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Foundation Matters

Gilded Splendor

Posted: October 8, 2017

For years HCF staff members have longed to restore the beautifully ornate frames surrounding the Madonna of the Chair and Romeo and Juliet paintings in the Aiken-Rhett collection.

Over 150 years of general wear and tear had taken their toll, and the frames were in desperate need of repair. In fact, the frame around Luther Terry’s Romeo and Juliet was so damaged that it had to be removed from the gallery in 2015. A generous grant from Eli Wilner & Company made the restoration possible. Wilner, located in Queens, NY, is the leading expert in frame restoration. Among its clients are The White House and the Metropolitan Museum of Art where Wilner replicated the immense frame for Washington Crossing the Delaware by Emanuel Leutze for the MET’s American Wing — a $2.5 million project.  

While frames have garnered little attention from curators and collectors in the past, they are now experiencing a newfound appreciation. Although frames are primarily thought to highlight and draw attention to the paintings they enhance, many are often valued as much, if not more, than the paintings themselves. Preserving frames such as these honors the artist’s original aesthetic intention and adds to the historic value of the painting.



The craftsmen of Eli Wilner & Company have mastered the same techniques and materials used to produce the original frames in order to achieve the best results. This process of frame restoration includes attention to three major components – the structural support, the surface decoration, and the gilded surface. The surface decoration is usually the most time consuming and often consists of several layers of design elements including ornamentation and gilded surface. The ornamentation is either cast from existing molds or hand-crafted. The gilding process is also a tedious task in which gold leaf is carefully applied to a gessoed surface (a prepared surface of plaster or plaster like material for painting, gilding, etc.).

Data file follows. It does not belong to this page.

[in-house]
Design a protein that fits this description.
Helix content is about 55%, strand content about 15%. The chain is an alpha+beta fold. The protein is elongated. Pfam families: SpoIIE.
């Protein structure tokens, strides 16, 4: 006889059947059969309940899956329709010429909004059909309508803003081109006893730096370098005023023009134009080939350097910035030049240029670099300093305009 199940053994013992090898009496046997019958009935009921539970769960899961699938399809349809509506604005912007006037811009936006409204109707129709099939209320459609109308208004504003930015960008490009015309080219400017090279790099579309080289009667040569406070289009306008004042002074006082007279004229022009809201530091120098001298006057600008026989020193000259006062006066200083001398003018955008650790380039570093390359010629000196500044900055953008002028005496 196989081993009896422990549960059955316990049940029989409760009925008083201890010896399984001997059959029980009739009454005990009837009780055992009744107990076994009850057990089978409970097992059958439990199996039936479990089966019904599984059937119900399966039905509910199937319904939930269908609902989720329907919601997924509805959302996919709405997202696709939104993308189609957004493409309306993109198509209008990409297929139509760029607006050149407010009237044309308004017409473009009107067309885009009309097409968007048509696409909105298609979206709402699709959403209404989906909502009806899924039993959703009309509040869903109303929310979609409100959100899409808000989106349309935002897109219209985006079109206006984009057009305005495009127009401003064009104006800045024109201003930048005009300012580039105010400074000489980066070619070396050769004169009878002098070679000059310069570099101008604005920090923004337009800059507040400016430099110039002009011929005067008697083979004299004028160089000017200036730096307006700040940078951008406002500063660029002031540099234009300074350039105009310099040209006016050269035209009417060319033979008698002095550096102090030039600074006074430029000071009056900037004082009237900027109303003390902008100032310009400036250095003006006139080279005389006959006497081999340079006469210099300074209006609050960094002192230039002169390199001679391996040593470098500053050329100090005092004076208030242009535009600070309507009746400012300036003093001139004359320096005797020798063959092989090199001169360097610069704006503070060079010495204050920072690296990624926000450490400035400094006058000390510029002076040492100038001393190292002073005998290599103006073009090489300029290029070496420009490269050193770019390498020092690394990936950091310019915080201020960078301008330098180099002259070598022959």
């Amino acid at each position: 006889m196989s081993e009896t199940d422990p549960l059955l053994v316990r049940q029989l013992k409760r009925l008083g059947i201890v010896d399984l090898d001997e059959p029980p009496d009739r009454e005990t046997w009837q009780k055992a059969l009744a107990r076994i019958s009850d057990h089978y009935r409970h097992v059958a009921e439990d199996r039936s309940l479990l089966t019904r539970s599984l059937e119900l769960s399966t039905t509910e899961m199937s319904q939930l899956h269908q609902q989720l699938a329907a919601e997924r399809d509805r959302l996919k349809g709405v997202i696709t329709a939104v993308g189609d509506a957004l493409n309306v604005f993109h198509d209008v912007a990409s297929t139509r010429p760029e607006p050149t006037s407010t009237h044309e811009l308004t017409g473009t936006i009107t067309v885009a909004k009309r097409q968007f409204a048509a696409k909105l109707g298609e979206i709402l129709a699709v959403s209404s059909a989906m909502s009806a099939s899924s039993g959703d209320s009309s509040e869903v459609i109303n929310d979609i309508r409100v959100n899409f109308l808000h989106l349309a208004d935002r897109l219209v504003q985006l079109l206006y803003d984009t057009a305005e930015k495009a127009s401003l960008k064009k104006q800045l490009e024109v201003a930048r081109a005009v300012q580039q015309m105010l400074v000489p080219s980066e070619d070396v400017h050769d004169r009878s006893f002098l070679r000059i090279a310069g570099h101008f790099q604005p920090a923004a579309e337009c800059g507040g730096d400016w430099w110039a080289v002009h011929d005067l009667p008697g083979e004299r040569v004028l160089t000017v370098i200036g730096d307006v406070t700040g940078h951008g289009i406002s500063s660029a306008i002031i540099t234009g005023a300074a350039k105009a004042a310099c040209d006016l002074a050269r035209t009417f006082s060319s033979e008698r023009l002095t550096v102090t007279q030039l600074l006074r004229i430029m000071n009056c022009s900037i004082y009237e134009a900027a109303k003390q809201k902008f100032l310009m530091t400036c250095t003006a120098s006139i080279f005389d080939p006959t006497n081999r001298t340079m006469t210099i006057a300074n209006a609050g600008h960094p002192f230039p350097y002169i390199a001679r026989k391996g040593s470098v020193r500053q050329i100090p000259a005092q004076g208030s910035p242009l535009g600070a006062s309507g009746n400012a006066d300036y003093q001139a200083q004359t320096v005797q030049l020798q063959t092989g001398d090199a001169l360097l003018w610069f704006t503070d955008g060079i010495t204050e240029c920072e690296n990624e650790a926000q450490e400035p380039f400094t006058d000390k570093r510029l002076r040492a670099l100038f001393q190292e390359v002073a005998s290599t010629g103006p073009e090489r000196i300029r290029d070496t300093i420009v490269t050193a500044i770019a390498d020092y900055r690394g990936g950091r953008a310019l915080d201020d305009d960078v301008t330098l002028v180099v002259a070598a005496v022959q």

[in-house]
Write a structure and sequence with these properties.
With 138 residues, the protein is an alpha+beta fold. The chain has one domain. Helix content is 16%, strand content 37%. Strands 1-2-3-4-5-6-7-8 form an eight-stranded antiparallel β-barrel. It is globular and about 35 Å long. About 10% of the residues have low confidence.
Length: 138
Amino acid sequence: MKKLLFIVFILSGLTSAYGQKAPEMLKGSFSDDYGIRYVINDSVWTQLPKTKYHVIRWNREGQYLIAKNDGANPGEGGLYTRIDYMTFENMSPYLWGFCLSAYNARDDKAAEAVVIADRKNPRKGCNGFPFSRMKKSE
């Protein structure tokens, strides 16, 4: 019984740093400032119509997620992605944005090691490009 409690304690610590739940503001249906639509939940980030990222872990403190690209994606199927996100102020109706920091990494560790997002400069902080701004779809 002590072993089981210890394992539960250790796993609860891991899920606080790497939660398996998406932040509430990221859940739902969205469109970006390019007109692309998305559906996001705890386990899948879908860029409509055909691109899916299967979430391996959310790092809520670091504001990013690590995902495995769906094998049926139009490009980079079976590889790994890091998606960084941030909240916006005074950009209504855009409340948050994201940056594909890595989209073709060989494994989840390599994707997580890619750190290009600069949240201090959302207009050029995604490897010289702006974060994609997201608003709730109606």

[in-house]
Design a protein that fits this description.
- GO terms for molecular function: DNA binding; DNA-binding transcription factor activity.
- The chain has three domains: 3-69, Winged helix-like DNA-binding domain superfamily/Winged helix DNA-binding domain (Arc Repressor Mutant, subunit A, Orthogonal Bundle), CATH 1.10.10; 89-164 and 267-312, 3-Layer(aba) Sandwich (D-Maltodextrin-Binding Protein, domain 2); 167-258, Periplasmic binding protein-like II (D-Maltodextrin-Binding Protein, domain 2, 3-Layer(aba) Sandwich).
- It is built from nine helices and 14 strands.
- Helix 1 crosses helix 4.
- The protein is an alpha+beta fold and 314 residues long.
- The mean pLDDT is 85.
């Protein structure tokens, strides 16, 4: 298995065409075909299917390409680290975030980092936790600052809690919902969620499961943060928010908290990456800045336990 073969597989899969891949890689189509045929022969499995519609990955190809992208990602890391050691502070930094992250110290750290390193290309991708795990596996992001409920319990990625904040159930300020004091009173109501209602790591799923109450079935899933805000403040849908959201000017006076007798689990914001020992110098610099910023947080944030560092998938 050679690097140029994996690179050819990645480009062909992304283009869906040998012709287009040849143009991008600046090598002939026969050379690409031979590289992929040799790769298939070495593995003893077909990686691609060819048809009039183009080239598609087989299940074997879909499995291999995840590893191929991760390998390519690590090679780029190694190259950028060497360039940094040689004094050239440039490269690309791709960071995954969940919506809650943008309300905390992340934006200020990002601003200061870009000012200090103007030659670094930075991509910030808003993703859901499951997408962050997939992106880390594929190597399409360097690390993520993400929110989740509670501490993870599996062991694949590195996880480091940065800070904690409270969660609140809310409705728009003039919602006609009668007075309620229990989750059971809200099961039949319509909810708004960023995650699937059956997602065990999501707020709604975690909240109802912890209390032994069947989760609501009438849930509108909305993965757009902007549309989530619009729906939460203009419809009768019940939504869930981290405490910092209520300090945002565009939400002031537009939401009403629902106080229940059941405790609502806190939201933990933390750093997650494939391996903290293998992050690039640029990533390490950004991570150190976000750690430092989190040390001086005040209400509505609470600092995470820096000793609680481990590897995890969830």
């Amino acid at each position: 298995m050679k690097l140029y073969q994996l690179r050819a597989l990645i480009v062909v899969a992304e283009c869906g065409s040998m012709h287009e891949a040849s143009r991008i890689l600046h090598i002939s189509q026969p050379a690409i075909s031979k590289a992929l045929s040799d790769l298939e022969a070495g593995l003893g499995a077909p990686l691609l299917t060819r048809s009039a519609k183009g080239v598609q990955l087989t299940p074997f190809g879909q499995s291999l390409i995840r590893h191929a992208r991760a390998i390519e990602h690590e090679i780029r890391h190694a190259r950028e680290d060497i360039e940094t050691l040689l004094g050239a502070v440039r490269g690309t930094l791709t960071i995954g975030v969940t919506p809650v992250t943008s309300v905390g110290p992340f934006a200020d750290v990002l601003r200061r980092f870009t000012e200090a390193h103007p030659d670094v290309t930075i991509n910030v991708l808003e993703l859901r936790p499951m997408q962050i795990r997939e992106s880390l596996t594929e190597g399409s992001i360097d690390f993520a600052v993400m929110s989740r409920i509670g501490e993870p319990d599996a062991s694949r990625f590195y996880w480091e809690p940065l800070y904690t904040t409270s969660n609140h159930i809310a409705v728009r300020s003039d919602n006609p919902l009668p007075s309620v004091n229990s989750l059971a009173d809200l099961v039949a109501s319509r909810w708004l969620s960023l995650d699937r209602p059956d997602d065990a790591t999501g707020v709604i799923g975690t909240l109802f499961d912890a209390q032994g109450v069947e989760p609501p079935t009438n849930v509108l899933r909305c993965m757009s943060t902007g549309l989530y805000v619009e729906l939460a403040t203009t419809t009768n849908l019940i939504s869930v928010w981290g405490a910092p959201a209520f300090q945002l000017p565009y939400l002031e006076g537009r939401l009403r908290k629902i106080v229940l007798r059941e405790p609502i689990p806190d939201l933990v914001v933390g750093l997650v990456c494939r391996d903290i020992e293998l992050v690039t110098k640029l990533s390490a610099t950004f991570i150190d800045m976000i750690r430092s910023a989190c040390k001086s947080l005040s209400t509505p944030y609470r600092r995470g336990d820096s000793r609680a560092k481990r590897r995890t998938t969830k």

These mid-19th-century frames are works of art themselves, each hand-crafted and gilded with elaborate ornamentation. We look forward to re-hanging them in the Art Gallery at the Aiken-Rhett House Museum in late October.

2 responses to “Gilded Splendor”

  1. Susan Helfter says:

    This is fantastic! I have long appreciated antique frames as works of art, and friends have been puzzled by my “art” collections which seem to have no theme, before I explain they should be admiring the frames! So glad to hear of this undertaking!

    Will there be any talks offered on the history of the frame designers?


    • Holland Williams says:

      Hi. We love these frames, too! Unfortunately, we do not know anything about the craftsmen who constructed the frames. These were bought by the Aikens on their “Grand Tour” in the 1850s.

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